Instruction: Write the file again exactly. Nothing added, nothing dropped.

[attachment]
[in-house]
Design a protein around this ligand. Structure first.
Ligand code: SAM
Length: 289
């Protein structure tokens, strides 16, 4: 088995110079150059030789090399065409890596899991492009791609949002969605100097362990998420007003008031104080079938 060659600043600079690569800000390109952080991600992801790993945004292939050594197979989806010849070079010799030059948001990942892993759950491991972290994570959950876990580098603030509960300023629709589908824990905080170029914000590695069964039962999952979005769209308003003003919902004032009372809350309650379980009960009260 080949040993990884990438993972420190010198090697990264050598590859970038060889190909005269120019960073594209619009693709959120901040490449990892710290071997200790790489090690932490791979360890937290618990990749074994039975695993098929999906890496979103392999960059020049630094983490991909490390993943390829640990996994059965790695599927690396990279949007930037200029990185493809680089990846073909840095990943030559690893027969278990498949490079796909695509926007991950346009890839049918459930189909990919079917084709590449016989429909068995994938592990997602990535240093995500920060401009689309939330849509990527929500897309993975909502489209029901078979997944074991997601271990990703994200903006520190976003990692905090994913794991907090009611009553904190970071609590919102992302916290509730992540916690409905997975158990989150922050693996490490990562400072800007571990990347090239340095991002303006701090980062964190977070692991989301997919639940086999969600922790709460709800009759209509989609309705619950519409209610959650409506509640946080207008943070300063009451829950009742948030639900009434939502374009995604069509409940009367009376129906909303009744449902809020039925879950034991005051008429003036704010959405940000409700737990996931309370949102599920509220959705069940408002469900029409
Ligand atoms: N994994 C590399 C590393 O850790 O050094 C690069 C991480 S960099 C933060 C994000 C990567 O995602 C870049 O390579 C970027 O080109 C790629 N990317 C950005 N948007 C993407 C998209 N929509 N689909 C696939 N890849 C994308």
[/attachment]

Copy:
[in-house]
Design a protein around this ligand. Structure first.
Ligand code: SAM
Length: 289
């Protein structure tokens, strides 16, 4: 088995110079150059030789090399065409890596899991492009791609949002969605100097362990998420007003008031104080079938 060659600043600079690569800000390109952080991600992801790993945004292939050594197979989806010849070079010799030059948001990942892993759950491991972290994570959950876990580098603030509960300023629709589908824990905080170029914000590695069964039962999952979005769209308003003003919902004032009372809350309650379980009960009260 080949040993990884990438993972420190010198090697990264050598590859970038060889190909005269120019960073594209619009693709959120901040490449990892710290071997200790790489090690932490791979360890937290618990990749074994039975695993098929999906890496979103392999960059020049630094983490991909490390993943390829640990996994059965790695599927690396990279949007930037200029990185493809680089990846073909840095990943030559690893027969278990498949490079796909695509926007991950346009890839049918459930189909990919079917084709590449016989429909068995994938592990997602990535240093995500920060401009689309939330849509990527929500897309993975909502489209029901078979997944074991997601271990990703994200903006520190976003990692905090994913794991907090009611009553904190970071609590919102992302916290509730992540916690409905997975158990989150922050693996490490990562400072800007571990990347090239340095991002303006701090980062964190977070692991989301997919639940086999969600922790709460709800009759209509989609309705619950519409209610959650409506509640946080207008943070300063009451829950009742948030639900009434939502374009995604069509409940009367009376129906909303009744449902809020039925879950034991005051008429003036704010959405940000409700737990996931309370949102599920509220959705069940408002469900029409
Ligand atoms: N994994 C590399 C590393 O850790 O050094 C690069 C991480 S960099 C933060 C994000 C990567 O995602 C870049 O390579 C970027 O080109 C790629 N990317 C950005 N948007 C993407 C998209 N929509 N689909 C696939 N890849 C994308």